The Unexpected Way To Give Yourself A Mental Boost Before Cooking

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Watch any morning show cooking demonstration, and you'll see it. The practice of "mise en place," where the chef divvies up all ingredients into right-sized little bowls, ready to be pinched, sprinkled, or poured with an efficient flick of the wrist.

Mise en place is French for "put in place" or "everything in its place." It got its start by way of Georges-Auguste Escoffier, a famous French chef who brought his military discipline to the kitchen, rigid as that was, as an effort to be fast, efficient, forthright, and correct. He became Europe's first celebrity chef thanks to his ability to suss out ostentatious dishes while maintaining a charm with the upper crust by listening and pivoting according to their individual tastes. His legacy of ditching unnecessary garnishes and doubling down on seasonal flavors made him a powerhouse throughout the culinary universe then and now.

So, it worked. The mise en place regimen that was initially spurned is now beloved, a practical religion to some chefs. Chef icon Anthony Bourdain, in his book Kitchen Confidential, called mise en place a state of readiness that sets our universe in order.

That is just the kind of order that we, the post-pandemic, pre-economic recession, walking wounded, are looking for. Let's dig into how mise en place is good for a mental boost since these days we'll pretty much take any of that we can get.

How setting up our cooking station gives a mental boost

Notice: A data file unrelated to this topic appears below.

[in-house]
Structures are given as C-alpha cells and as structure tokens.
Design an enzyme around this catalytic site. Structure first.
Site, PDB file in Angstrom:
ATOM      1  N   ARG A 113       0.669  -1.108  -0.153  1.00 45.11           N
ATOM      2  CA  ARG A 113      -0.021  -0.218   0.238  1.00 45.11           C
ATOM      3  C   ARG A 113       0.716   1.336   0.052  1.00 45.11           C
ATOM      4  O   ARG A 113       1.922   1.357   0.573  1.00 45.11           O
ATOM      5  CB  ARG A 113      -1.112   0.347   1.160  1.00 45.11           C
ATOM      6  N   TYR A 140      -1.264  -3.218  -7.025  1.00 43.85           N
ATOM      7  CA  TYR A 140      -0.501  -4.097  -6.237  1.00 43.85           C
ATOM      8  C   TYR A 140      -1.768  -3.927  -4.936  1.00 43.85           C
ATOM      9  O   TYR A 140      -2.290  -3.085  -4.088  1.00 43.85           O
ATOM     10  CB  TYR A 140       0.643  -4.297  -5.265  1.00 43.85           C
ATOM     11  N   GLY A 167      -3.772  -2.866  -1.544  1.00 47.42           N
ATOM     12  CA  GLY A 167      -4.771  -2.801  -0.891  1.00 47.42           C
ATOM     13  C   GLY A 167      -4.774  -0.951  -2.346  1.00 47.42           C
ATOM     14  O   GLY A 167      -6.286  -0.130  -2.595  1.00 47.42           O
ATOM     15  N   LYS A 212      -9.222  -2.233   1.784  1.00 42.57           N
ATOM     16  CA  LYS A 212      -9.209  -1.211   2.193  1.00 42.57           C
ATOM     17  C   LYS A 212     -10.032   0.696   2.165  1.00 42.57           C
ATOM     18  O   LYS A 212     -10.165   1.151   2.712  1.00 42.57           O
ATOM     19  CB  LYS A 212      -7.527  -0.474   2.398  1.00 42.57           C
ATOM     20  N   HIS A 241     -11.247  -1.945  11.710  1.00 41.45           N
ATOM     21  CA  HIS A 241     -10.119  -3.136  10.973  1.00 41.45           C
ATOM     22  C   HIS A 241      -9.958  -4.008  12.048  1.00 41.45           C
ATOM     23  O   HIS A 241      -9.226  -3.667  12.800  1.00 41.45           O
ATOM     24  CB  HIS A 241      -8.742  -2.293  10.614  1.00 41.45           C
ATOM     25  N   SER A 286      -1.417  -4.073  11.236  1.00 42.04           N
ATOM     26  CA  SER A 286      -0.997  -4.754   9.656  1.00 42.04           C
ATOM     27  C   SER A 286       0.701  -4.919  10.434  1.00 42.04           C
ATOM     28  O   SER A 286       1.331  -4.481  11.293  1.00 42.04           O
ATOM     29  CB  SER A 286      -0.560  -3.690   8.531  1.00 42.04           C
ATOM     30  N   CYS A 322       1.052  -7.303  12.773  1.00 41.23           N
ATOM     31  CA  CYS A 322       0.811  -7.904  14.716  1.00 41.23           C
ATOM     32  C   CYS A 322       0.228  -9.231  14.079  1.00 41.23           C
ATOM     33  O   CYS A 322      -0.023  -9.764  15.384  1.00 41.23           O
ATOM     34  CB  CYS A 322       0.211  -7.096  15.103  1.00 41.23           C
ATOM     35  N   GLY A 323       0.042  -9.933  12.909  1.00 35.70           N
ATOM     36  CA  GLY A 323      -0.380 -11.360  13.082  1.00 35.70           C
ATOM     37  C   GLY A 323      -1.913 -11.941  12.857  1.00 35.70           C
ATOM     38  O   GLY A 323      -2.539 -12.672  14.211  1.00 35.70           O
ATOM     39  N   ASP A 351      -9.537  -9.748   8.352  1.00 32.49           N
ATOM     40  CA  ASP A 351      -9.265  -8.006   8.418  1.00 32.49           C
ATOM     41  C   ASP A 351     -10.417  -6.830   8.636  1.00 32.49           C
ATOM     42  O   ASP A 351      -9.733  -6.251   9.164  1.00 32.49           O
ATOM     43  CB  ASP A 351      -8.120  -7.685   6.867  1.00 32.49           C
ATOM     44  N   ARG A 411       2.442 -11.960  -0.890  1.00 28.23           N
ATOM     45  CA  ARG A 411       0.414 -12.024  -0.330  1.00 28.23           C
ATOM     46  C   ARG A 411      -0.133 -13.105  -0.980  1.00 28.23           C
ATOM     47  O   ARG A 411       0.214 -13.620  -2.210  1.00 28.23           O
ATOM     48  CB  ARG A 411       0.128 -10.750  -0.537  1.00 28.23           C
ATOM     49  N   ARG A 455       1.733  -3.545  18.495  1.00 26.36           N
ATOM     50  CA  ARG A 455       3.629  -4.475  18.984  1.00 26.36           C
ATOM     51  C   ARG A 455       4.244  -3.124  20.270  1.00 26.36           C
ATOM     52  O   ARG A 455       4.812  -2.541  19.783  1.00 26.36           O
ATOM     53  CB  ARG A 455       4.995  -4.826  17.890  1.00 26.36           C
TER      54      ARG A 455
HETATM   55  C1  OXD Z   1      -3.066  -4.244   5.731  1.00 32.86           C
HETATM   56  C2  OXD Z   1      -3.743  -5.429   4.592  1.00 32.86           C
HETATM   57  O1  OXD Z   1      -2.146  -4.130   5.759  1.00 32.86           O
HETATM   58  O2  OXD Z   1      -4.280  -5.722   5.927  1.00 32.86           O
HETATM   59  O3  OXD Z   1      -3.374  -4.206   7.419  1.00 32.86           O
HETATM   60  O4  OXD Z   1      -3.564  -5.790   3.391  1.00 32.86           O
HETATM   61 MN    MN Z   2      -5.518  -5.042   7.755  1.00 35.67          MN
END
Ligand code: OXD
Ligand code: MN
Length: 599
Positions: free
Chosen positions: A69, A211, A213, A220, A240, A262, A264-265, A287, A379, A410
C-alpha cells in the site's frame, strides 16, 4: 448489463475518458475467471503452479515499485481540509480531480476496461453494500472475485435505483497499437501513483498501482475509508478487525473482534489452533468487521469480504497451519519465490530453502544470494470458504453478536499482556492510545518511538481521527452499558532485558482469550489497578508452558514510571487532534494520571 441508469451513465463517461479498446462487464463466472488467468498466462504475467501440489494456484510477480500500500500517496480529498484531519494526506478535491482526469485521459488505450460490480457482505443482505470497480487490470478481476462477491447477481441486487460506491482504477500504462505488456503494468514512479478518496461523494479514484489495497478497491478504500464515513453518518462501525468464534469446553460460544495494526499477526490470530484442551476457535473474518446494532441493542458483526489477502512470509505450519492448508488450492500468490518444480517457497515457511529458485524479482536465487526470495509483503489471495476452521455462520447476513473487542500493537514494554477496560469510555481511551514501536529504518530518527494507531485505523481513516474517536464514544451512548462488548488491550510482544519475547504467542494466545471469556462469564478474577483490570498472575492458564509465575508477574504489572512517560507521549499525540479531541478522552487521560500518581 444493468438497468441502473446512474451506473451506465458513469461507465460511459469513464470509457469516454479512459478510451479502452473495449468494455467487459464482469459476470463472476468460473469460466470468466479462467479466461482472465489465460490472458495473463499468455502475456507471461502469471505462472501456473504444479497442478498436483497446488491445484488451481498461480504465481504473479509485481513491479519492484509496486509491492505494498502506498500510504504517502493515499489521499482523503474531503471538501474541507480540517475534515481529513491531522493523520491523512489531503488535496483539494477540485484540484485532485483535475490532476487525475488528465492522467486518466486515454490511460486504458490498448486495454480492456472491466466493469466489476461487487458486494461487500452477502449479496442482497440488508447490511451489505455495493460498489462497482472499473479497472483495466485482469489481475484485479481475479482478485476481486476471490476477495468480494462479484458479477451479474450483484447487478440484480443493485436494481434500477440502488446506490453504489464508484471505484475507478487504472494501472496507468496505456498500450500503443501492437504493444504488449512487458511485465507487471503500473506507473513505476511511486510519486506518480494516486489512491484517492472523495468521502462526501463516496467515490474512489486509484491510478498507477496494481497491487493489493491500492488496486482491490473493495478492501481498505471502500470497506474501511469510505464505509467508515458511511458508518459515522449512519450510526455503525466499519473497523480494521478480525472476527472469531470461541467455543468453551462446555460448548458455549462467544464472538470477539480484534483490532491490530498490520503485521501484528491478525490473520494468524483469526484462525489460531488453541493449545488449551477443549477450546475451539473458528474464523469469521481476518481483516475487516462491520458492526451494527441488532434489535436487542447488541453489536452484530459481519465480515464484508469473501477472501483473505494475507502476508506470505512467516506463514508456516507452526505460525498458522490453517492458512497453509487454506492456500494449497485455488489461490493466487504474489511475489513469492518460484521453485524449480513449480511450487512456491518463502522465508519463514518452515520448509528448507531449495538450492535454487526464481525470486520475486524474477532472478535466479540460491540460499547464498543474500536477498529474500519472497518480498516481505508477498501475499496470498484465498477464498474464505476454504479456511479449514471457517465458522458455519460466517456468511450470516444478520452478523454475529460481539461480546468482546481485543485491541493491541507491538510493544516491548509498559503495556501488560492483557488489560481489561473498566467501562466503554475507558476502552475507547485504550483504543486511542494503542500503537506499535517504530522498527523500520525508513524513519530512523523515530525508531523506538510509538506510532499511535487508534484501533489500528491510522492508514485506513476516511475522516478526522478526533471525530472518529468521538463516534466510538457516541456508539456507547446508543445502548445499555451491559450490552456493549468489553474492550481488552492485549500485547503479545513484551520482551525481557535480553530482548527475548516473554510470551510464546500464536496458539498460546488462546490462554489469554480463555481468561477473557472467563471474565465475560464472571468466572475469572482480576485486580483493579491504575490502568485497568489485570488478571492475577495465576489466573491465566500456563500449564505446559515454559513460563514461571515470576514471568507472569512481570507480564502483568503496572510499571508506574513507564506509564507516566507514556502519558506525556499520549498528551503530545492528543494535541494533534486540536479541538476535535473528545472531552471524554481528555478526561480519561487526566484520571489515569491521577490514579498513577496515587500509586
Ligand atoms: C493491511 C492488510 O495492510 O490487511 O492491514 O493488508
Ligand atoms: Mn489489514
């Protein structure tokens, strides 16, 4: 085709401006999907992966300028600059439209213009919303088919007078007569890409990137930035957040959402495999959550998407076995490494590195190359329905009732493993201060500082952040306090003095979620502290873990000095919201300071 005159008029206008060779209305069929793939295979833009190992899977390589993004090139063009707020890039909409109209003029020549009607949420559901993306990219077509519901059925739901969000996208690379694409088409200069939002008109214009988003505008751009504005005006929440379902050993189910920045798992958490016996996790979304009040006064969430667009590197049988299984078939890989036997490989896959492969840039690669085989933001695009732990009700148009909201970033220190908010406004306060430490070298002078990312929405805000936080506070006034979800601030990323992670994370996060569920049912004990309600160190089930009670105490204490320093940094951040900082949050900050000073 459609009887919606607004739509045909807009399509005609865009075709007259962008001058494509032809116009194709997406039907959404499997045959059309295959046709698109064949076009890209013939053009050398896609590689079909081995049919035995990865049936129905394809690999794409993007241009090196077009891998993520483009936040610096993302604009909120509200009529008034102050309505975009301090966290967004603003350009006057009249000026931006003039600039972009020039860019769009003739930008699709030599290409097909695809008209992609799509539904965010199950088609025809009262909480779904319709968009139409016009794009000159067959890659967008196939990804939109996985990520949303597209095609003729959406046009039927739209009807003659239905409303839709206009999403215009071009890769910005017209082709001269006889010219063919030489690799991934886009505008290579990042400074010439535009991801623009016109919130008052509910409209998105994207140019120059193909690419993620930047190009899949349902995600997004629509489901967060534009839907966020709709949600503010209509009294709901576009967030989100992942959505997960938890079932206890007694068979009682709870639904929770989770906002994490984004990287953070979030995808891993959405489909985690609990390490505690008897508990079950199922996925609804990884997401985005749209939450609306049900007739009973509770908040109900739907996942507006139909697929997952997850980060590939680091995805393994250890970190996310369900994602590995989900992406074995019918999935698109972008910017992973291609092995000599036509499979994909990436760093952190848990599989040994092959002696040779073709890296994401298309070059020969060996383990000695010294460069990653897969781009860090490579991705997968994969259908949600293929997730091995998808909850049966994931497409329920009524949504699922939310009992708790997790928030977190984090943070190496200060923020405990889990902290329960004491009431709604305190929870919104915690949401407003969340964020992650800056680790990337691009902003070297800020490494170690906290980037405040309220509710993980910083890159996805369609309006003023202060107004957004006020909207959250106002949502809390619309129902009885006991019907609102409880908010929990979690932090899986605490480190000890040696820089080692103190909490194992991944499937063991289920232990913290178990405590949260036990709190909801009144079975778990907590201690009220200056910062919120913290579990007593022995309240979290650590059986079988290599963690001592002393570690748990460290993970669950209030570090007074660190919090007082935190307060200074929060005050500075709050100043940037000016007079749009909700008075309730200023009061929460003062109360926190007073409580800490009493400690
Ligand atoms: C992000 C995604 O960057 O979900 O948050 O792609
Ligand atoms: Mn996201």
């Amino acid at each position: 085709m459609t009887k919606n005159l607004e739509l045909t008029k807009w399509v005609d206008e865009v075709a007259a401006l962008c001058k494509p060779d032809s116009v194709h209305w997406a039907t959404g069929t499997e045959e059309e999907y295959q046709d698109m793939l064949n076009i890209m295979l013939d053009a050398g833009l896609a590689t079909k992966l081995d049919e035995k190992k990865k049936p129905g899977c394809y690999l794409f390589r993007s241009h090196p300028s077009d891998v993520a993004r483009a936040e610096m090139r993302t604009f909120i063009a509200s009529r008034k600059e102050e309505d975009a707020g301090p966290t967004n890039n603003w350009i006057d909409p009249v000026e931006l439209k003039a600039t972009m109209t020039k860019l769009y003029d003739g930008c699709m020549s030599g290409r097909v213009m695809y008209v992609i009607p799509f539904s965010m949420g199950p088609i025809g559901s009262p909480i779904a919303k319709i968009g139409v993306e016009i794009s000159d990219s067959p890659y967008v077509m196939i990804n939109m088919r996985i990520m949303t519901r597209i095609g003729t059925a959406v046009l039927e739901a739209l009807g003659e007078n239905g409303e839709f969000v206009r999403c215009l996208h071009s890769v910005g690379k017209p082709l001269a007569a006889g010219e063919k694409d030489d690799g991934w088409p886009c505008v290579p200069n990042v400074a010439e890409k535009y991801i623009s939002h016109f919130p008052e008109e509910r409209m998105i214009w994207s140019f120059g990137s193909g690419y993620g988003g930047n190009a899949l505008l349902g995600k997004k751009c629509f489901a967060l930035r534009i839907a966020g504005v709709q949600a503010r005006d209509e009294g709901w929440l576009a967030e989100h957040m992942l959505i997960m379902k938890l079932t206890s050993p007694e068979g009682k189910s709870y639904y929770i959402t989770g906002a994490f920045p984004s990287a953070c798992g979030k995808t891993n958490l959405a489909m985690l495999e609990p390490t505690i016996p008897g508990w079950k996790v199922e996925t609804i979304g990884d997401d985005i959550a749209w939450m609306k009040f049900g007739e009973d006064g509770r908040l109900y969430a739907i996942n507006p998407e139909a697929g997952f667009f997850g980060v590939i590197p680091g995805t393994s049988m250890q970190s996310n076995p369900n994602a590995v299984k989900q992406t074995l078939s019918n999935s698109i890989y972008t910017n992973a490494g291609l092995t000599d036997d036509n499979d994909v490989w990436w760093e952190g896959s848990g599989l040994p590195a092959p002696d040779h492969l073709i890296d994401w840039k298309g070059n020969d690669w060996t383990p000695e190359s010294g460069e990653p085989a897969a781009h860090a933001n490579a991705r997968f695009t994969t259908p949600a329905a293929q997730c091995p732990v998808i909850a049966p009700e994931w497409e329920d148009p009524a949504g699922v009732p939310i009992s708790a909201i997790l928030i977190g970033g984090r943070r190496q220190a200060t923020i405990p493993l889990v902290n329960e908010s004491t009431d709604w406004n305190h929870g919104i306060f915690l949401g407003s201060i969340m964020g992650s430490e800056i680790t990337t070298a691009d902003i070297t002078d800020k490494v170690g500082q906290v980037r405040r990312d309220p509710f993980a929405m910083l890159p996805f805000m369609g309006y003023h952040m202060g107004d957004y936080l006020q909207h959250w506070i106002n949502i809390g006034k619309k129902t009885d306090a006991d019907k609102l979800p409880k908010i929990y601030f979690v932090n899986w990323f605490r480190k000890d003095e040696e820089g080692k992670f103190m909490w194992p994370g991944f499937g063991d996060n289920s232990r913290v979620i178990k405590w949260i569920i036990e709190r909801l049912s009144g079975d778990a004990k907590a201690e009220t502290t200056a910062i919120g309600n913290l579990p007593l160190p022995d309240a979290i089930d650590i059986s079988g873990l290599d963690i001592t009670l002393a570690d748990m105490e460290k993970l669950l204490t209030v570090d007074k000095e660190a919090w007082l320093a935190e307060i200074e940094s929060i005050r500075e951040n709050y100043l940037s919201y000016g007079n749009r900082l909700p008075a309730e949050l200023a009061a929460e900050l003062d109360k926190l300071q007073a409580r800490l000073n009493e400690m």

While mise en place is the simple practice of reading your recipe thoroughly, laying out ingredients, and planning the series of events to making your food, you might think of it more as front-loading the hard stuff, so you're free to create in the moment (via Wise Mind Nutrition). The practice has been hijacked from being exclusively culinary and is now applied to work, relationships, and more. Hospitals use it in some teaching environments; yoga health coaches use it in some cases as well.

The phrase gets recalibrated according to whatever environment is coining the term that day, but at its core, it is grounded in shifting the yeoman's portion of labor to upfront tidiness, which creates calm and orderliness, and with that, magic can happen.

Chefs call it the power of "slow down to speed up" (via NPR), but even if your life is not measured in every-single-minute intensity like a line cook, the practice still refreshingly clears the mind. Psychology Today says the spin-off of mise en place for nonchefs is beginning your day by asking yourself if at the end of your day you feel it was successful, what will that mean you've accomplished? Be specific, be tactical, break it down, and be present. It takes practice, but just buying off on the general mise en place philosophy is the first big step.

How attention to one becomes attentiveness to all

What mise en place gave Chef Escoffier was more than an innovative backbone to a new system that managed to crank out hundreds of plates at the London Savoy Hotel (though this was an astronomical feat of the day). It furthermore gave him the space to execute a life hack that most of us try to master with all our might and that is to pay attention and pivot accordingly.

Escoffier's notes on individual preferences spurred his inventiveness. He's credited for more than 5,000 recipes, many named after the person he was accommodating (e.g., Peach Melba for opera singer Nellie Melba). By attending to the personal tastes of his clientele, he elevated even classic recipes, thereby elevating the then low view of kitchen staff into what is now our modern take — that chefs bring talent and creativity to the table and to our personal experiences (via Escoffier School of Culinary Arts). 

Today, mise en place is as much a backbone to culinary tradition as Escoffier is to culinary lore. Case in point, the Evening Standard reported earlier this year that Gordon Ramsay's new restaurant, 1890, is named for the year Escoffier started his career at The Savoy.  He's a legend with a philosophy that was meant to save time, which is precious, but finding the space to express innovation, productivity — and, dare we say, joy — is a wildly precious mise en place byproduct too.